This is not a NASA Website. You might learn something. It's YOUR space agency. Get involved. Take it back. Make it work - for YOU.
NASA Culture

Bolden Talks About The Constellation Team

By Keith Cowing
February 2, 2010
Filed under , , , ,

“NASA Administrator Charles Bolden outlines the Administration’s fiscal year 2011 budget request as the agency’s road map for a new era of innovation and discovery, and answers questions from reporters as the featured Newsmaker at the National Press Club in Washington Feb. 2”
Keith’s note: If you go to 55:18 in this video, I ask Charlie Bolden how he is going to get people to make the transition from flying government-operated spacecraft to commerically- operated spacecraft – and the emotion that goes with making the transition from one way of thinking to another. Bolden’s reply gets deep into the emotions and mindsets that underly the changes that the Constellation workforce is now going through – and how he is going to work through that process with them.
Transcript below

Cowing: “To the issue of flying astronauts in commercial vehicles: After all the talk yesterday I sort of sat around last night doing a mental, totally unscientific poll in my head of people I have talked to – people like Ken Bowersox who work for these companies. I came up with a number – 60% of the astronauts say “nah, I wouldn’t do it” – and 40% who would. And then I thought – “well, what’s behind this?” Its all emotional – its like some emotional latter day “Right Stuff “. They use logic to defend why they would not [fly]. How do you get beyond that? What are you going to say to the astronaut corps – “this is how it is?” Its not just the Corps – its the larger group of people that support them. How are you going to work at that?”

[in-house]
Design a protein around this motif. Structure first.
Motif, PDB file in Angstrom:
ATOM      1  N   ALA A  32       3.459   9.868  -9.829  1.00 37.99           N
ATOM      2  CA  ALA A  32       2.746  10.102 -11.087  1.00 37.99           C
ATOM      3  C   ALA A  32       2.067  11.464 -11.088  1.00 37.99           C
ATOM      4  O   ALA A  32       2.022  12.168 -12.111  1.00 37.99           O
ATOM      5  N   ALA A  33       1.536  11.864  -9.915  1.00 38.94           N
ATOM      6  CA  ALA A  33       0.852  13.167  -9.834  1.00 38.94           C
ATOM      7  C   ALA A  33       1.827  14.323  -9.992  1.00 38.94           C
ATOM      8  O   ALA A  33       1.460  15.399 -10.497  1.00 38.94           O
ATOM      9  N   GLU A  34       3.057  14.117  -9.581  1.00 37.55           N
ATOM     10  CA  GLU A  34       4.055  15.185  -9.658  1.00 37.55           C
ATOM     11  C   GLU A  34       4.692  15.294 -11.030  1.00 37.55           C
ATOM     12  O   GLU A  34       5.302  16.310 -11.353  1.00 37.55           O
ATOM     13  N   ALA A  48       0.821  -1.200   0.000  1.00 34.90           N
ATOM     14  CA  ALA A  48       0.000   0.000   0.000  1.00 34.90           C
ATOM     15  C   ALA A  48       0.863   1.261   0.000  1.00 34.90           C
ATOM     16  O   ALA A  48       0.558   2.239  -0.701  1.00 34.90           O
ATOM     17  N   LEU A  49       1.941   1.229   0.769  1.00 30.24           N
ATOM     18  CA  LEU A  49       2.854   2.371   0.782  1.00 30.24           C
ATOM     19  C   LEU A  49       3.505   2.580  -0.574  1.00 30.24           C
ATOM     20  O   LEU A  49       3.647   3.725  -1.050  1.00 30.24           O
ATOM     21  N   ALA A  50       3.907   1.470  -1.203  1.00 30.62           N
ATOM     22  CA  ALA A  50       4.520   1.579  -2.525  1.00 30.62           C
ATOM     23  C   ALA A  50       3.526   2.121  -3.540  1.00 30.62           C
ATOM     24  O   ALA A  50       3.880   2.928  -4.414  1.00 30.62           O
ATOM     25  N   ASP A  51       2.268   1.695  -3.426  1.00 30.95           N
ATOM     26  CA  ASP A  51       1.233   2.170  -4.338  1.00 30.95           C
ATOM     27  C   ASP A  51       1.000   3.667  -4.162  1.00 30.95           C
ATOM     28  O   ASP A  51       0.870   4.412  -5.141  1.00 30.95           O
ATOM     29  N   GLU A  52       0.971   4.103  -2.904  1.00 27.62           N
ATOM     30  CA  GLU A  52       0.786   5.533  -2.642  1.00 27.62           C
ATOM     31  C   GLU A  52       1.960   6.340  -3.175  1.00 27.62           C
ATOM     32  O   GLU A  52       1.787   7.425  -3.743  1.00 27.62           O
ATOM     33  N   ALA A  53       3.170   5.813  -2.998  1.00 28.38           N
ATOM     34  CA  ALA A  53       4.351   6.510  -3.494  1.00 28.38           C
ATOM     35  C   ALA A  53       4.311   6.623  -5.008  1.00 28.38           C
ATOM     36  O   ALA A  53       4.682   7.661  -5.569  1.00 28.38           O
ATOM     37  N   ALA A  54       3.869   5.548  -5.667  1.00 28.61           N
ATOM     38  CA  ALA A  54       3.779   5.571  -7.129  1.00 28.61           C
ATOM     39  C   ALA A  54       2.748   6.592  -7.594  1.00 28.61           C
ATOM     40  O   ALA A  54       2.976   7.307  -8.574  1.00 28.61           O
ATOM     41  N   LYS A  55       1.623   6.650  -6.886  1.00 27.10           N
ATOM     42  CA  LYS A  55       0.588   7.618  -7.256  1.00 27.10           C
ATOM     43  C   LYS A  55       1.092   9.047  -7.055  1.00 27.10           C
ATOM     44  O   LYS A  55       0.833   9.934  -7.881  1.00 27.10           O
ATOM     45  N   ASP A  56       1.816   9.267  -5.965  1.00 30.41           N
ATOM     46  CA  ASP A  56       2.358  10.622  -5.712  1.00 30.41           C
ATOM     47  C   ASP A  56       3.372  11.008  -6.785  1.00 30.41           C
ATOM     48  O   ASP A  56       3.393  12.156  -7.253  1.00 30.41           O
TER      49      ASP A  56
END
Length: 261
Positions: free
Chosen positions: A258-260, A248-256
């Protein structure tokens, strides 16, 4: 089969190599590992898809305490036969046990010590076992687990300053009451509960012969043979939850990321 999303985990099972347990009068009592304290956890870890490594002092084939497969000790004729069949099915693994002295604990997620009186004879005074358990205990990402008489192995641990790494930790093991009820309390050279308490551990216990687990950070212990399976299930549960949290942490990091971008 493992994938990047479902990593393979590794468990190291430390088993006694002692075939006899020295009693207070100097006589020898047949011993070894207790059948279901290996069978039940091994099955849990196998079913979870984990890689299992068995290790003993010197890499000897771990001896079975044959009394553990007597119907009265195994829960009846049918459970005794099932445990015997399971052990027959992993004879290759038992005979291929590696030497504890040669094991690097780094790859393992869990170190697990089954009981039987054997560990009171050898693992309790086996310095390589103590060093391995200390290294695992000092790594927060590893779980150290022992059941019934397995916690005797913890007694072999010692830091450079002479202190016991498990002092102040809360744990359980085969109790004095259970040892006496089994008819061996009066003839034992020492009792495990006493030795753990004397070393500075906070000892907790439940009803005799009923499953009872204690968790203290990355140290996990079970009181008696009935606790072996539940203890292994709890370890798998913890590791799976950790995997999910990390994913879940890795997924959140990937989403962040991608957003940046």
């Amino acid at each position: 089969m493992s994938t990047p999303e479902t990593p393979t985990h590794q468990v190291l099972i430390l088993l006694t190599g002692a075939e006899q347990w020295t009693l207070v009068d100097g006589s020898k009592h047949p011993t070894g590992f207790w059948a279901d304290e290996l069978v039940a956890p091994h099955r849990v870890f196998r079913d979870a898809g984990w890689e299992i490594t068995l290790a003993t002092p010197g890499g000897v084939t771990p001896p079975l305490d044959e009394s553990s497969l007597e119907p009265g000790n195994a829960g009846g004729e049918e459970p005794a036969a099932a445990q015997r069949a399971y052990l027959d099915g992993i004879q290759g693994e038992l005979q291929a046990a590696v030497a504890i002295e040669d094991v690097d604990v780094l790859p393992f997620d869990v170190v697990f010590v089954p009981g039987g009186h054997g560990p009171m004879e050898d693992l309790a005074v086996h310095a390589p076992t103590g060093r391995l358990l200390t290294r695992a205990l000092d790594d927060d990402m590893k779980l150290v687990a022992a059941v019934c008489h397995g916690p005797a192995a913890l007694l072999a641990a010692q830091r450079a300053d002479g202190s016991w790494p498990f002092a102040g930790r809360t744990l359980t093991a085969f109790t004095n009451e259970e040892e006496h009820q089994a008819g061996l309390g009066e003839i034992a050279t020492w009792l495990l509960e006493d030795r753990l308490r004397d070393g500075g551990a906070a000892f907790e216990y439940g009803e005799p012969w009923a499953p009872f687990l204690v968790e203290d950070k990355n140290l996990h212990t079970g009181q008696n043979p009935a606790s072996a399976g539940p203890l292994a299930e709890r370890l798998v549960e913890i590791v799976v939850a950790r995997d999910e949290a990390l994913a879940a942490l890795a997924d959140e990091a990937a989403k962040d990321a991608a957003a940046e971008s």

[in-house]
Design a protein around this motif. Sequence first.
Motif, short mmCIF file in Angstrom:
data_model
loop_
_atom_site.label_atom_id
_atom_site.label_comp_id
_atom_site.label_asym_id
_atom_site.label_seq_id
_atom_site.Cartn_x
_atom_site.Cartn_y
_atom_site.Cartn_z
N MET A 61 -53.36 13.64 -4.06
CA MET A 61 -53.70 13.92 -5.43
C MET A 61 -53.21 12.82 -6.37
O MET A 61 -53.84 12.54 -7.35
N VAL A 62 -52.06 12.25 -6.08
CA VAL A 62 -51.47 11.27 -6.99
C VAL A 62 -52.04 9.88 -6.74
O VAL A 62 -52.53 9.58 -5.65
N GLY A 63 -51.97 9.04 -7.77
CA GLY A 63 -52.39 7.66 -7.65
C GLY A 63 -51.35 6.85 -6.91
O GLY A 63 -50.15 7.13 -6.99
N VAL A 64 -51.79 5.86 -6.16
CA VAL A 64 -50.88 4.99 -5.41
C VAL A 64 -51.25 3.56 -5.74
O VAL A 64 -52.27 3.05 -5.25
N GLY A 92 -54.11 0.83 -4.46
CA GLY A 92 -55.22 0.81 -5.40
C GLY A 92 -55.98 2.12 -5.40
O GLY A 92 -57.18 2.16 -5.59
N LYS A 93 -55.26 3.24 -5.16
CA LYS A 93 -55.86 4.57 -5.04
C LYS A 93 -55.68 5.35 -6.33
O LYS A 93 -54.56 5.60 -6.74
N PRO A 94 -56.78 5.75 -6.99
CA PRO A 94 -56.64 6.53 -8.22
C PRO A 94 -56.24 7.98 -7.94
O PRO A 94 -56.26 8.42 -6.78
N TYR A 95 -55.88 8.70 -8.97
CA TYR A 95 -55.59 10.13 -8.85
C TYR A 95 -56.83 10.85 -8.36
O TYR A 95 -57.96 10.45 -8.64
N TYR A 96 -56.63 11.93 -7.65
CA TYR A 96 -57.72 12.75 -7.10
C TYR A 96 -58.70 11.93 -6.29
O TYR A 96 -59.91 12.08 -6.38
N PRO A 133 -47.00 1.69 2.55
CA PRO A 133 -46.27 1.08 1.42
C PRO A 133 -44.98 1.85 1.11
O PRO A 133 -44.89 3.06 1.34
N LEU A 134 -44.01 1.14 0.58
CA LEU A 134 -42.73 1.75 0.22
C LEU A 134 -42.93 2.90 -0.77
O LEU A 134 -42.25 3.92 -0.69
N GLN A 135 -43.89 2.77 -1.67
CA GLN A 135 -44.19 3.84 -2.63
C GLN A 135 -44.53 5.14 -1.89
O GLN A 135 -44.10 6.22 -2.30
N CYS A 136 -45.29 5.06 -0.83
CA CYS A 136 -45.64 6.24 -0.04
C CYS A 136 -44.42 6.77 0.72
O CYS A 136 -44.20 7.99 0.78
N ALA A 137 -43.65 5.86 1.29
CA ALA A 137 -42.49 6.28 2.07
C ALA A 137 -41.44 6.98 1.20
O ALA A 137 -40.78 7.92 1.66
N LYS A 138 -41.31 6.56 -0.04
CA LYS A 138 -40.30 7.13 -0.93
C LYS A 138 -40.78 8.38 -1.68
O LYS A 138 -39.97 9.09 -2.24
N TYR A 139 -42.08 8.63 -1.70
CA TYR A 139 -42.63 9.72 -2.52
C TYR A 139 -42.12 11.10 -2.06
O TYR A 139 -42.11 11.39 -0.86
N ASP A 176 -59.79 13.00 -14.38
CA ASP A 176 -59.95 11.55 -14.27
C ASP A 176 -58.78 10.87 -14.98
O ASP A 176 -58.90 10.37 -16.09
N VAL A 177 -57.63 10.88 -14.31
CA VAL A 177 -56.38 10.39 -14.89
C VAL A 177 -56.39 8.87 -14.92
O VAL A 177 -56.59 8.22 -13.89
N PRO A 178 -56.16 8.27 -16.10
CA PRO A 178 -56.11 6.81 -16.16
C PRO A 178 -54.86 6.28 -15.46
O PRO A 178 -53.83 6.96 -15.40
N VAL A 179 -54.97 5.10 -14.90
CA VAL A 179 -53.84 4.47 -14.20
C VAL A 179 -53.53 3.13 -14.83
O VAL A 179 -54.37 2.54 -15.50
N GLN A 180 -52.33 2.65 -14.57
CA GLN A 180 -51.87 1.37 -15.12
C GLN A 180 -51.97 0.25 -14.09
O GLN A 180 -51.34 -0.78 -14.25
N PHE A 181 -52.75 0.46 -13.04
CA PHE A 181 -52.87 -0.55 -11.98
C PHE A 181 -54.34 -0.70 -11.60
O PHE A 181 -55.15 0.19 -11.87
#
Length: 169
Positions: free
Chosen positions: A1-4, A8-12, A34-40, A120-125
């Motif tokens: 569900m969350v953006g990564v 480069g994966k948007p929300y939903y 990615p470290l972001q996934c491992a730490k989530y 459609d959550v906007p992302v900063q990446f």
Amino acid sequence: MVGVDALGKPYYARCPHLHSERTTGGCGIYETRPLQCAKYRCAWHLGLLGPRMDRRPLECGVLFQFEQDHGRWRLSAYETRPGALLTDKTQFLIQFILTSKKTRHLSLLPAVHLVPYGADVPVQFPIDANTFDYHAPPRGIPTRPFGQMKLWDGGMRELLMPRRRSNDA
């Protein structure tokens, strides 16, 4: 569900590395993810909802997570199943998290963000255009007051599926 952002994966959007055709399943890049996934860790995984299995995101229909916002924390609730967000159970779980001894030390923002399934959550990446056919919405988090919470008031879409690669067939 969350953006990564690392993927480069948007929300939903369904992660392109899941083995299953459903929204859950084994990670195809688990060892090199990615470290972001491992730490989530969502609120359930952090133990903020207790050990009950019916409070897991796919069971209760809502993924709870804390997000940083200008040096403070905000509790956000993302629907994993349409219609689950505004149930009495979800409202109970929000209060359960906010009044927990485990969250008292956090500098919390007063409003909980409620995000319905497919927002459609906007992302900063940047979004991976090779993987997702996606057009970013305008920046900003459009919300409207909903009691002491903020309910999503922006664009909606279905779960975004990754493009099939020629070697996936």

Bolden: “My message to the work force – did everybody understand Keith’s question? First of all, and he hit the mail on the head. This is all emotional. And the reason that I started my comments by thanking the Constellation Team – you’ve got to understand, everybody has had a death in the family. To people who are working on these programs, this is like a death in the family. Everybody needs to understand that. And we need to give them time to grieve, and the we need to give them time to recover.
I have an incredible workforce of civil servants and civilians. They have been through this before. This is just part of the life of being in NASA. And every time we manage to pull through it, and we manage to recover, we go off and do great things. This time will be no different. Now, that doesn’t make an employee at the Kennedy Space Center or the Johnson Space Center or Marshall Space Flight Center or a contractor that any of these seven people represent – that doesn’t give them a great sense of solace. Because they are facing reality.
But what I tell them is – Look, we’re going to get through this. Stick with us – if you can. Some of you will decide that this just isn’t exciting enough for you – and you want to go do other things. And I appreciate the service that you have given. Allow us to help you in your transition and if at all possible let us help you find some work somewhere else that is going to be passionate to you. I am a big person for passion. I am here because I am passionate about space and exploration. Otherwise I’d be sitting in Houston, Texas or I’d be in San Diego with my three granddaughters. I am here because I am passionate about this. I cry about it some times – so what.
This is my life. This is their lives. And give them a little time. They’ll come back. And they are going to be as great as they have always been. So, just bear with them, and give them some time – they’ll be back.”

NASA Watch founder, Explorers Club Fellow, ex-NASA, Away Teams, Journalist, Space & Astrobiology, Lapsed climber.